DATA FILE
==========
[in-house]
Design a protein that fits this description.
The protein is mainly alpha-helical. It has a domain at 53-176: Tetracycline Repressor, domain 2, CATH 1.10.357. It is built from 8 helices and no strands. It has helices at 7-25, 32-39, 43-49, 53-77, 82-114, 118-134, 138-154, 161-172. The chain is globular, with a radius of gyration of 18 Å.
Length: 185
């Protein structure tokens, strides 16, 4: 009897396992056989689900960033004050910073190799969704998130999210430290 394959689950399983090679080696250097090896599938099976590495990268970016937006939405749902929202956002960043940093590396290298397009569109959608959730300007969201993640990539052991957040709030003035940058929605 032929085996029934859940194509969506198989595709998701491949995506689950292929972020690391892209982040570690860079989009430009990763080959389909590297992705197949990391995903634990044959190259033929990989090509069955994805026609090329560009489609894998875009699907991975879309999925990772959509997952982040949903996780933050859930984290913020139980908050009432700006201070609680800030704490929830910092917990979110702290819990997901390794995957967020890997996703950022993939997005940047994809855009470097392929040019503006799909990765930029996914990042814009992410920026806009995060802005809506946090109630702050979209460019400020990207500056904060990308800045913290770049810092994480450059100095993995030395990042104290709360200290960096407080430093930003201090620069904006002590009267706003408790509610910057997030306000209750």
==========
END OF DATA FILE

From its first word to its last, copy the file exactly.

[in-house]
Design a protein that fits this description.
The protein is mainly alpha-helical. It has a domain at 53-176: Tetracycline Repressor, domain 2, CATH 1.10.357. It is built from 8 helices and no strands. It has helices at 7-25, 32-39, 43-49, 53-77, 82-114, 118-134, 138-154, 161-172. The chain is globular, with a radius of gyration of 18 Å.
Length: 185
């Protein structure tokens, strides 16, 4: 009897396992056989689900960033004050910073190799969704998130999210430290 394959689950399983090679080696250097090896599938099976590495990268970016937006939405749902929202956002960043940093590396290298397009569109959608959730300007969201993640990539052991957040709030003035940058929605 032929085996029934859940194509969506198989595709998701491949995506689950292929972020690391892209982040570690860079989009430009990763080959389909590297992705197949990391995903634990044959190259033929990989090509069955994805026609090329560009489609894998875009699907991975879309999925990772959509997952982040949903996780933050859930984290913020139980908050009432700006201070609680800030704490929830910092917990979110702290819990997901390794995957967020890997996703950022993939997005940047994809855009470097392929040019503006799909990765930029996914990042814009992410920026806009995060802005809506946090109630702050979209460019400020990207500056904060990308800045913290770049810092994480450059100095993995030395990042104290709360200290960096407080430093930003201090620069904006002590009267706003408790509610910057997030306000209750």